Featured Research

from universities, journals, and other organizations

Infectious Disease Researchers Develop Basis For Experimental Melanoma Treatment

Date:
December 8, 2006
Source:
NIH/National Institute of Allergy and Infectious Diseases
Summary:
While investigating a fungus known to cause an infection in people with AIDS, two grantees of the National Institute of Allergy and Infectious Diseases, part of the National Institutes of Health, unexpectedly discovered a potential strategy for treating metastatic melanoma, one of the deadliest forms of skin cancer. The treatment approach, which involves combining an antibody with radiation, has since been further developed and is expected to enter early-stage human clinical studies in 2007.

While investigating a fungus known to cause an infection in people with AIDS, two grantees of the National Institute of Allergy and Infectious Diseases (NIAID), part of the National Institutes of Health (NIH), unexpectedly discovered a potential strategy for treating metastatic melanoma, one of the deadliest forms of skin cancer. The treatment approach, which involves combining an antibody with radiation, has since been further developed and is expected to enter early-stage human clinical studies in 2007.

Related Articles


"This is an excellent example of how scientific research in one discipline may have payoffs in a completely unpredictable way," says NIAID Director Anthony S. Fauci, M.D. "This important AIDS-related research has led to the development of a promising therapeutic strategy for a terrible cancer that affects thousands of people each year."

Arturo Casadevall, M.D., Ph.D., of the Albert Einstein College of Medicine at Yeshiva University, in New York City, and his research team began studying the biology of the skin pigment melanin to better understand why its synthesis plays a role in the process whereby certain yeast-like fungi, specifically Cryptococcus neoformans, cause disease in some people. C. neoformans can cause cryptococcosis, a potentially fatal fungal infection that can lead to inflammation of the brain and death in people with AIDS and other immunocompromised individuals.

The researchers created an infection-fighting antibody, known as a monoclonal antibody, that binds to melanin based on scientific evidence suggesting that when melanin is synthesized, it causes the immune system to react in a way that might create antibodies to fend off C. neoformans infection. Based on this finding, Dr. Casadevall theorized that melanomas might contain melanin that would allow the monoclonal antibody to deliver radiation to tumor cells. Dr. Casadevall then teamed with his colleague Ekaterina Dadachova, Ph.D., an expert in nuclear medicine and fellow NIAID grantee, to investigate whether the melanin-binding antibody could be converted into an anti-tumor drug.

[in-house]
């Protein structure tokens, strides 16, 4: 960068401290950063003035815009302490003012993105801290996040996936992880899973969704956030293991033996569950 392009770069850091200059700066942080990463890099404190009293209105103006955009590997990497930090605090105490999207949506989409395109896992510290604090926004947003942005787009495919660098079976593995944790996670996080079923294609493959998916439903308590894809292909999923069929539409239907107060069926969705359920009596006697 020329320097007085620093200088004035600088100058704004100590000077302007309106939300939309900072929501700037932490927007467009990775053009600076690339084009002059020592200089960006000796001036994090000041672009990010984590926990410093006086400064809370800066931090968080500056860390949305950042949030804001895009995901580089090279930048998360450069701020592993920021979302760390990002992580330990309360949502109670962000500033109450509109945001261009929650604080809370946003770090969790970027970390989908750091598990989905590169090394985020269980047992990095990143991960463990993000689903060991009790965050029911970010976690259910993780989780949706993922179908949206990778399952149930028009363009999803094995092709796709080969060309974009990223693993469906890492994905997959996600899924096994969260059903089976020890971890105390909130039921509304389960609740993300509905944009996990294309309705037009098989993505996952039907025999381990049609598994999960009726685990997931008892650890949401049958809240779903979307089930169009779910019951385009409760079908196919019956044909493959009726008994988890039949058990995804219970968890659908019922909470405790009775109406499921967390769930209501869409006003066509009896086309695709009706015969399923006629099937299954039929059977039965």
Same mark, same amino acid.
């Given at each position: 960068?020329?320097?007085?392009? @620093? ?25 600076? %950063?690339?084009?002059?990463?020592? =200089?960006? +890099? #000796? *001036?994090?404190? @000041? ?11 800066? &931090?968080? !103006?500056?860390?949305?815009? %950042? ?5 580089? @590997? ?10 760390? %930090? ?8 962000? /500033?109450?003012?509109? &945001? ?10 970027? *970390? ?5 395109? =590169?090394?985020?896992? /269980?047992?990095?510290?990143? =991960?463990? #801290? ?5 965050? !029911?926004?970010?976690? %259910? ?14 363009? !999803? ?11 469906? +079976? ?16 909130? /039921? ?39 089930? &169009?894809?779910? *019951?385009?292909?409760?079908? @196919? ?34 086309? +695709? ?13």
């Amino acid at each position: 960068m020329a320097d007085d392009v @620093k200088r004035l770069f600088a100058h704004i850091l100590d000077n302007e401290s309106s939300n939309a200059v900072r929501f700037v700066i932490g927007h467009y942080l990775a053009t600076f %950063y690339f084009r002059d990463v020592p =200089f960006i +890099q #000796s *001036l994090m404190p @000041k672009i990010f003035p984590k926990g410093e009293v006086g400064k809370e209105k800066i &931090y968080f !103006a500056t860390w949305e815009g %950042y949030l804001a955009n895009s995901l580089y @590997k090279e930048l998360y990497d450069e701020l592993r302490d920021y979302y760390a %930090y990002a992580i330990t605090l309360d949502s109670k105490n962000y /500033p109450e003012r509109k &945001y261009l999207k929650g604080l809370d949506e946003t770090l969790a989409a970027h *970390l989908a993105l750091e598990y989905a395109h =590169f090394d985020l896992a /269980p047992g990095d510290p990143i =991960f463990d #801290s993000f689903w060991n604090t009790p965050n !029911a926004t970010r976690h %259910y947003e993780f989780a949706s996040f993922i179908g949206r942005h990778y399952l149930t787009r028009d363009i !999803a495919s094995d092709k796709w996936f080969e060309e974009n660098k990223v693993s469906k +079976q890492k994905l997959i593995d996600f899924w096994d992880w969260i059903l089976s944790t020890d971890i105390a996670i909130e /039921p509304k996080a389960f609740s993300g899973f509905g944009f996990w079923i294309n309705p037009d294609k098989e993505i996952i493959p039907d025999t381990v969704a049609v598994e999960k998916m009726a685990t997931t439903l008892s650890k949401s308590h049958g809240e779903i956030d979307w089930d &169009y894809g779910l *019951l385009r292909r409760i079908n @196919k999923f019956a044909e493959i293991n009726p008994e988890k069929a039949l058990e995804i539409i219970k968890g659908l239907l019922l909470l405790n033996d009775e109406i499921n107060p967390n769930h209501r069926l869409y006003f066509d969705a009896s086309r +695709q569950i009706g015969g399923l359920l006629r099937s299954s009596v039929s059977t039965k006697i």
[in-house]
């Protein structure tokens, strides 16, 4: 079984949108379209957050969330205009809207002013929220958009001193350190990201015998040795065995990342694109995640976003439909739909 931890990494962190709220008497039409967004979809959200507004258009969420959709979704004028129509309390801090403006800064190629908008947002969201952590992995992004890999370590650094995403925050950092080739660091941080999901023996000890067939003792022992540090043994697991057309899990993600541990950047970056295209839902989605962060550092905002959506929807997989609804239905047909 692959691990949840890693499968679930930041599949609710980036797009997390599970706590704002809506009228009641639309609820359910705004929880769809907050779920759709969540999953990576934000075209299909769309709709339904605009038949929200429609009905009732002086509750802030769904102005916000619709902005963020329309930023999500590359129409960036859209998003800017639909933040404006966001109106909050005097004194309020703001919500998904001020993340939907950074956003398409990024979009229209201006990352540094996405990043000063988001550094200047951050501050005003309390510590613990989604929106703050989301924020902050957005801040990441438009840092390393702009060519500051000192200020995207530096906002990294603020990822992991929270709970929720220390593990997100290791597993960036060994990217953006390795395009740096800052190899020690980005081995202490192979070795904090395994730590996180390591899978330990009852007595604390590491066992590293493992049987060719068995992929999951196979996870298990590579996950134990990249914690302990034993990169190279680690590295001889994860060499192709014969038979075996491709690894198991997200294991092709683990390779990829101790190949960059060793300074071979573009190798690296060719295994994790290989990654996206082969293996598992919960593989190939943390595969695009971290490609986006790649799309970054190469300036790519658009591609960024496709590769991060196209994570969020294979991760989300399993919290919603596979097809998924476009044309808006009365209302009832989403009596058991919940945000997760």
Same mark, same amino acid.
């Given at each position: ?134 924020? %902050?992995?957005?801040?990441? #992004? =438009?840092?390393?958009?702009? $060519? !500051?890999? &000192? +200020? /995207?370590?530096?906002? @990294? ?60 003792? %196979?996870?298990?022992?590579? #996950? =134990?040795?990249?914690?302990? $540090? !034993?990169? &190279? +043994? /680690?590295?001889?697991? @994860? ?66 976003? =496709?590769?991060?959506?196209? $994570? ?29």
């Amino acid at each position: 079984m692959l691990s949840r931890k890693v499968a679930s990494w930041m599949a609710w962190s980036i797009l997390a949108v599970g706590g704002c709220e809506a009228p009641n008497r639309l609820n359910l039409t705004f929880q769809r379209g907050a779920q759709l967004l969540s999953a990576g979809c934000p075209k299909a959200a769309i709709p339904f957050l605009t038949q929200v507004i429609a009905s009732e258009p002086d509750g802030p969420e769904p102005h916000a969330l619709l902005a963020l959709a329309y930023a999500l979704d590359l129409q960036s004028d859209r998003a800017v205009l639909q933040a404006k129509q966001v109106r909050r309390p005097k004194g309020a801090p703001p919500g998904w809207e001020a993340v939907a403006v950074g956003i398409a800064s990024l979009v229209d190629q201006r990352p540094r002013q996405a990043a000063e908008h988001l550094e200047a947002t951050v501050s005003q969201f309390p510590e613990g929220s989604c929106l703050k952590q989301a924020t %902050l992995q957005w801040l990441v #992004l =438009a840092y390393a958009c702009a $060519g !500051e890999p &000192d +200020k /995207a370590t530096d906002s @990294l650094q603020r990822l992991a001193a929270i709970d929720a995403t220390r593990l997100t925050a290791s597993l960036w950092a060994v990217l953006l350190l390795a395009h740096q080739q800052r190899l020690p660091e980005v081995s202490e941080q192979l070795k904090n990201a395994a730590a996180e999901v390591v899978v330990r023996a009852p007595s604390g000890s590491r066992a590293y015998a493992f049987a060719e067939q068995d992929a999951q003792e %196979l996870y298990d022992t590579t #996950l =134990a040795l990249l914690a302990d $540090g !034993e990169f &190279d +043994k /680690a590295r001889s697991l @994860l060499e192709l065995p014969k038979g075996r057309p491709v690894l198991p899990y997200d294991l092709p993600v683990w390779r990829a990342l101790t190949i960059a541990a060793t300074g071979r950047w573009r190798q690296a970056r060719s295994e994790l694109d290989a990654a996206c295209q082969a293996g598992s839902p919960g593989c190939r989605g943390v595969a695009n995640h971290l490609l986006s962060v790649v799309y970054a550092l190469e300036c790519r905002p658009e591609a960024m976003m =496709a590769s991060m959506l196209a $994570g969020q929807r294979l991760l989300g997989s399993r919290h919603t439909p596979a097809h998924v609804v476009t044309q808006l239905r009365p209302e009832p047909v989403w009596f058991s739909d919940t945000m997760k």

In a study published in October 2004, Dr. Casadevall and Dr. Dadachova, the study's lead author, combined the C. neoformans monoclonal antibodies with radiation to create radiolabeled antibodies. They then tested these radiolabeled antibodies in mice to determine their effectiveness in attacking melanoma tumors. Initially, the mice had melanoma tumors ranging from 0.6 to 1.0 centimeters (cm) in diameter. After receiving a single dose of the radiolabeled antibodies, tumor growth was completely inhibited and near total tumor regression occurred in those animals with smaller tumors (0.6 to 0.7 cm in diameter). Further, the treated mice showed no signs of kidney or other organ damage and none died during the 30-day study. Conversely, tumors continued to aggressively grow in the untreated control group and by day 20, all but one of the eight untreated mice had died.

In November 2006, Pain Therapeutics, Inc., a San Francisco-based biopharmaceutical company, licensed the radiolabeled monoclonal antibody technology from the Albert Einstein College of Medicine. The company intends to begin testing it as a metastatic melanoma treatment in small human clinical trials in 2007. According to the American Cancer Society, melanoma accounts for approximately five percent of all skin cancers but causes roughly 75 percent of all skin cancer-related deaths.

Dr. Casadevall credits his promising discovery to luck and a hunch that paid off. "Scientific breakthroughs often occur completely through serendipity, and this is just one of those instances," says Dr. Casadevall. "We're still working on cryptococcosis and developing a general strategy for using radiolabeled monoclonal antibodies to fight infectious diseases."

His laboratory continues to examine the underlying causes of cryptococcosis, and in continued collaboration with Dr. Dadachova, is exploring the use of radiolabeled monoclonal antibodies to treat infectious diseases.